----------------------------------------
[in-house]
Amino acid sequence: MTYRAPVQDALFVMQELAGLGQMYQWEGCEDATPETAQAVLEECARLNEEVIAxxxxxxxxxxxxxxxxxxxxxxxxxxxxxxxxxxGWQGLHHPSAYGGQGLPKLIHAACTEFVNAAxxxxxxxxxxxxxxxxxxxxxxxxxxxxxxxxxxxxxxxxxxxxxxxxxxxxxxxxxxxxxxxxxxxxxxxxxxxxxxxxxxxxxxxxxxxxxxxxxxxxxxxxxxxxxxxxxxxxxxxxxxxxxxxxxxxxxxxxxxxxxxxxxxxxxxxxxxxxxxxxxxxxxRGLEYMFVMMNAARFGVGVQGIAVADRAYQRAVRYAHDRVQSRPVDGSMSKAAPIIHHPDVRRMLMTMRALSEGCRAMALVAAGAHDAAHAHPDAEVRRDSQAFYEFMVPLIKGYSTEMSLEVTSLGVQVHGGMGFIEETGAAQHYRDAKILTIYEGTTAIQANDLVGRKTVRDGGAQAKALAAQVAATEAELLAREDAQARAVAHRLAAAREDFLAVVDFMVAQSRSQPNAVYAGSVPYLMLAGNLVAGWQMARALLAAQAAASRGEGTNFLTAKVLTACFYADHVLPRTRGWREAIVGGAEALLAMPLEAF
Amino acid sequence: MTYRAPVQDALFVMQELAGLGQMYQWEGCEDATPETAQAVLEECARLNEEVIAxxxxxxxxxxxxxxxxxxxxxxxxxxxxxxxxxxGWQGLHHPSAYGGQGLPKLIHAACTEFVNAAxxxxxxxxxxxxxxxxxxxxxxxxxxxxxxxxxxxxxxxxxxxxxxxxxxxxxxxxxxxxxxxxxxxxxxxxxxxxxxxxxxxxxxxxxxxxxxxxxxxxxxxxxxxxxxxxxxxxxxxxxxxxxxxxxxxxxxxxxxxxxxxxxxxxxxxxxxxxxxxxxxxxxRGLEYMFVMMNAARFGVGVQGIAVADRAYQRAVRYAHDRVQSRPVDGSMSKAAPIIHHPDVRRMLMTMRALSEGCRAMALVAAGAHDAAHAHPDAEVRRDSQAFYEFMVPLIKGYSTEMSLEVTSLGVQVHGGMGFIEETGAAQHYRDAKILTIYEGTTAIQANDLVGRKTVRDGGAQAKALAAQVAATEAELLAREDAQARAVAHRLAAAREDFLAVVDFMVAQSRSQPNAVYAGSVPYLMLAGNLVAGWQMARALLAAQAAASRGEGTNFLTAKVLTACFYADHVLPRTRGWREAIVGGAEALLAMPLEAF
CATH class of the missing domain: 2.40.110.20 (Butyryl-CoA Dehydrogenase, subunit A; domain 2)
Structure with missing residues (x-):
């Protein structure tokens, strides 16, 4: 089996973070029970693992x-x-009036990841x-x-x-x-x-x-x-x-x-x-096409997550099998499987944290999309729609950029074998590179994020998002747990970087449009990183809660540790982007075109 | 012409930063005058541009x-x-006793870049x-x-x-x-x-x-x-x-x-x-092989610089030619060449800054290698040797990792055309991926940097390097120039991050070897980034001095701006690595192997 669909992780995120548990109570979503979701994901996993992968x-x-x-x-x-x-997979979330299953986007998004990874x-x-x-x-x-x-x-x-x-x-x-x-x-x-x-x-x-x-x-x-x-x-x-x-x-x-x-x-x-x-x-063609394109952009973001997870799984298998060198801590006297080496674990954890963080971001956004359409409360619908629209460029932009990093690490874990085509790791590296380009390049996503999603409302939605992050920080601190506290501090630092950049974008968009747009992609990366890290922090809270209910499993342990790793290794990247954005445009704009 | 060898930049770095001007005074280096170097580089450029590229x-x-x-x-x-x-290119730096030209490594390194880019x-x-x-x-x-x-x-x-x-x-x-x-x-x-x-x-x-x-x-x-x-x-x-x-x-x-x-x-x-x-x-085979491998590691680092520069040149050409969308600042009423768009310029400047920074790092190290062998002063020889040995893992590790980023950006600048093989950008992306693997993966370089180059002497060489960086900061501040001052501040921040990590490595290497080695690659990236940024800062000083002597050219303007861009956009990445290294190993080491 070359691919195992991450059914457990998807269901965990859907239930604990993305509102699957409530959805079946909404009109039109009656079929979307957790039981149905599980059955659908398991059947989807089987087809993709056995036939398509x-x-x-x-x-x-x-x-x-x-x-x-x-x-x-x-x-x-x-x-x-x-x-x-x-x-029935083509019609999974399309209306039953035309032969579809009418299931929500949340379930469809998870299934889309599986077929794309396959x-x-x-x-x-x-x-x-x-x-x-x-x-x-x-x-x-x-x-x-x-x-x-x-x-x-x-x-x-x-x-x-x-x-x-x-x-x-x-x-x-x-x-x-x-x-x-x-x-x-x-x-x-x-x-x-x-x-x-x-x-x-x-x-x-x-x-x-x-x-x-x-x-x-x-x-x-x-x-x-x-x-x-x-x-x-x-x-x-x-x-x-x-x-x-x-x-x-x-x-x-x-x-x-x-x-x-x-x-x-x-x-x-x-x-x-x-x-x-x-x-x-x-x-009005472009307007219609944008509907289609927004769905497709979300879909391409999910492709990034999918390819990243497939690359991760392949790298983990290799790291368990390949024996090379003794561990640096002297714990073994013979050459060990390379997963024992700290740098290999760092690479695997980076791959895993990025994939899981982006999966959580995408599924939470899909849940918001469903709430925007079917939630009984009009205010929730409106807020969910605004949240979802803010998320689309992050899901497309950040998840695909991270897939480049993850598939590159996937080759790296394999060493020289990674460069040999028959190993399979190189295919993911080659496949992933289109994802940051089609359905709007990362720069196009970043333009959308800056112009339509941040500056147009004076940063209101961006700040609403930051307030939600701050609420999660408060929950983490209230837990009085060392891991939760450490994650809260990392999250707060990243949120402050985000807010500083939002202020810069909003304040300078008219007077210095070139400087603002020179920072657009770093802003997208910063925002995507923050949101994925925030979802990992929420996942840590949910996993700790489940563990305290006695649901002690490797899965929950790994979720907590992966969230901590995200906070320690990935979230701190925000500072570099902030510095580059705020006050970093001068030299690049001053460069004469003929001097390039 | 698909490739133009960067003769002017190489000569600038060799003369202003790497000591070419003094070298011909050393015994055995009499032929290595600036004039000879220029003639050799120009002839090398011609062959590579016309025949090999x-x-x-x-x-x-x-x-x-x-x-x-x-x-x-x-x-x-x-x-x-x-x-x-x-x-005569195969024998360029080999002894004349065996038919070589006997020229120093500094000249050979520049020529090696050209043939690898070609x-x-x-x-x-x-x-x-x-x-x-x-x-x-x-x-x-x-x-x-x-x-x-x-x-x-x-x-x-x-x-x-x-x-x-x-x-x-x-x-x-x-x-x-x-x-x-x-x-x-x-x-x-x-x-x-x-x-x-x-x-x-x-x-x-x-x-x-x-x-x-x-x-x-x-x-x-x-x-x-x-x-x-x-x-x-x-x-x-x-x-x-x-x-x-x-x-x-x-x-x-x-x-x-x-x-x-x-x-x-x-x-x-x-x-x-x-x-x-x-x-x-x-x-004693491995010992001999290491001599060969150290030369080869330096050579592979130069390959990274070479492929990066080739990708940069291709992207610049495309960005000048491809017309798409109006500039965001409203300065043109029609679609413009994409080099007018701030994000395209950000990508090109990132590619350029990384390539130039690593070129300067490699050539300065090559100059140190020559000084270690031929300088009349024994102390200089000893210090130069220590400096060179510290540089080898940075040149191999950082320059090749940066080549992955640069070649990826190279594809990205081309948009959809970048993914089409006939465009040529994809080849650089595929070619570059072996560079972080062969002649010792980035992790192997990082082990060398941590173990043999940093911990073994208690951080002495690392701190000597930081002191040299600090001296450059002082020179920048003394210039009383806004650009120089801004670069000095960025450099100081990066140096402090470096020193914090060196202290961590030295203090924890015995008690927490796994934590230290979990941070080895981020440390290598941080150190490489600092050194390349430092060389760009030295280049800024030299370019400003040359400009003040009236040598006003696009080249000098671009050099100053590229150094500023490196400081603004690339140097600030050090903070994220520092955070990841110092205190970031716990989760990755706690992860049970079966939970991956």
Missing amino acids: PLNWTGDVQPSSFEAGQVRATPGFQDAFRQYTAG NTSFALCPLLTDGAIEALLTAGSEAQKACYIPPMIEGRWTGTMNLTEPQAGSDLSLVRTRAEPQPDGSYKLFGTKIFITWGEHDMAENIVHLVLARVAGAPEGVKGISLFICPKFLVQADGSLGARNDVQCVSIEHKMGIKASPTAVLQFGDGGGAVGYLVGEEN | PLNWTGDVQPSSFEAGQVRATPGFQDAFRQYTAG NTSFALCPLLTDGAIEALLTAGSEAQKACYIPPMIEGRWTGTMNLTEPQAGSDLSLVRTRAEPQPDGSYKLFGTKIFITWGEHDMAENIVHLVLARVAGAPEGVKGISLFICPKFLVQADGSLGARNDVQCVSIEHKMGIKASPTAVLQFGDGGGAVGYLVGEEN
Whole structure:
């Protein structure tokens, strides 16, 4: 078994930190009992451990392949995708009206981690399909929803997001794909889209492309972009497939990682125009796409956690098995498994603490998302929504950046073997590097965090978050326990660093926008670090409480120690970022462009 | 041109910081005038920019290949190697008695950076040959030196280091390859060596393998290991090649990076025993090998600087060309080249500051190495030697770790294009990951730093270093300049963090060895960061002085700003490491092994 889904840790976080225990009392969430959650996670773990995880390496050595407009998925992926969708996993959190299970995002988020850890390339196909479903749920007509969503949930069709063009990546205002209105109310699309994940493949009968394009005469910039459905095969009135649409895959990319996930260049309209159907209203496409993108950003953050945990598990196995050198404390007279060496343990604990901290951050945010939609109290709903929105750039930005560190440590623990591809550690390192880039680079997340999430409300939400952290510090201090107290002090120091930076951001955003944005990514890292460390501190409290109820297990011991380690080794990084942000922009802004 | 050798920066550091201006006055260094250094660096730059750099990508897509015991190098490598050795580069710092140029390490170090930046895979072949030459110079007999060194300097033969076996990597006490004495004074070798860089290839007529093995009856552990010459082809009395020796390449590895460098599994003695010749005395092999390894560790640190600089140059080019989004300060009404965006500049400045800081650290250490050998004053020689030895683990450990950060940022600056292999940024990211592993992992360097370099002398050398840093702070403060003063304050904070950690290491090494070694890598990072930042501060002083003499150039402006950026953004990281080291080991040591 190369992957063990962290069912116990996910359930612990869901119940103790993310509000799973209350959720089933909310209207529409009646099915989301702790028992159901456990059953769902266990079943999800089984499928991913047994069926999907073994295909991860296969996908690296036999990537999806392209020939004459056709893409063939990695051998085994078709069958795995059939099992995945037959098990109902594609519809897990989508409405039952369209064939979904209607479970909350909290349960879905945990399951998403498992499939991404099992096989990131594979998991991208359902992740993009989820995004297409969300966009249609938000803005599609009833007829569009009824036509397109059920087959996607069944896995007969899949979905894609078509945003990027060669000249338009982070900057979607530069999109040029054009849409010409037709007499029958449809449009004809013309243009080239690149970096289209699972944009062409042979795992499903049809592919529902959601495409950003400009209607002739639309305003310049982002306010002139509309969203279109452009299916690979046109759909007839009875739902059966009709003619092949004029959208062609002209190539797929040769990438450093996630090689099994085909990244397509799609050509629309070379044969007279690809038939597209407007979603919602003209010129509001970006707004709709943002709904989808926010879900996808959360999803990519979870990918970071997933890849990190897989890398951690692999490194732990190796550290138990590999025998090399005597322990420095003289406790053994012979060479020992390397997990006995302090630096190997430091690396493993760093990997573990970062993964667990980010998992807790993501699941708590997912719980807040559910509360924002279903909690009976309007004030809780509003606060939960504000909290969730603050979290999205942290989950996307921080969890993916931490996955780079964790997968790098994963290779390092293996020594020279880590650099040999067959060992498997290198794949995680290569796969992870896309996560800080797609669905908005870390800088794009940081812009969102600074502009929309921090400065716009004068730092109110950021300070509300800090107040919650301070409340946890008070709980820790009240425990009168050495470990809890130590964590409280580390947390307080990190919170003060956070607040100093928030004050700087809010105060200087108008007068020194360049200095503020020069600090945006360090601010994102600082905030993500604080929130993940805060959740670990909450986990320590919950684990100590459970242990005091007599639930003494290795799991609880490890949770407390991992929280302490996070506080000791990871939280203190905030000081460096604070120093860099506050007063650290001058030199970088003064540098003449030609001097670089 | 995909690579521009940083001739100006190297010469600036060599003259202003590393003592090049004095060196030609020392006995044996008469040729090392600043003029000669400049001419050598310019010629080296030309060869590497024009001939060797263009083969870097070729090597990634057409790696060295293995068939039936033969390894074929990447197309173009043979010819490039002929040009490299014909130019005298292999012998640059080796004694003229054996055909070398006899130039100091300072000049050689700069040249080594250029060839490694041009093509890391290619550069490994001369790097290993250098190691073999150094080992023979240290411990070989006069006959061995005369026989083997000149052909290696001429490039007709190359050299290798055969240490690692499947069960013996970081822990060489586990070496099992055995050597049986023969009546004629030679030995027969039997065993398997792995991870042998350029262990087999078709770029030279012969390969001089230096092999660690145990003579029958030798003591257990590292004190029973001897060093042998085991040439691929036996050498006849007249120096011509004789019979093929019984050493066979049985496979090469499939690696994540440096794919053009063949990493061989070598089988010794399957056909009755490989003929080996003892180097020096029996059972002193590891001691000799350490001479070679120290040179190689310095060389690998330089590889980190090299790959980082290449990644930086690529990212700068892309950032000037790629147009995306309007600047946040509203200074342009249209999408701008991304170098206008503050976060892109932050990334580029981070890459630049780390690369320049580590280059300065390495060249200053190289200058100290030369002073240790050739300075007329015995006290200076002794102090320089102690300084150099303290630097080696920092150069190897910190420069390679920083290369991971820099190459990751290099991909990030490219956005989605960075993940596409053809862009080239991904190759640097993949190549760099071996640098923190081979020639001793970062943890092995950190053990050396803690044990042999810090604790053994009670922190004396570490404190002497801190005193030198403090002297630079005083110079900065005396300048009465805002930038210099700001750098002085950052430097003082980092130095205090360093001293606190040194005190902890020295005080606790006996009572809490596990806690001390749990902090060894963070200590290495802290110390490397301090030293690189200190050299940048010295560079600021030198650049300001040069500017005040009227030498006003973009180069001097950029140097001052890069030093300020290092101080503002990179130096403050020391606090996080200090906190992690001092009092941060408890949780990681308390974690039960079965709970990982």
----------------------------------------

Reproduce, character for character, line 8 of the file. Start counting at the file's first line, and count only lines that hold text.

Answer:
Whole structure: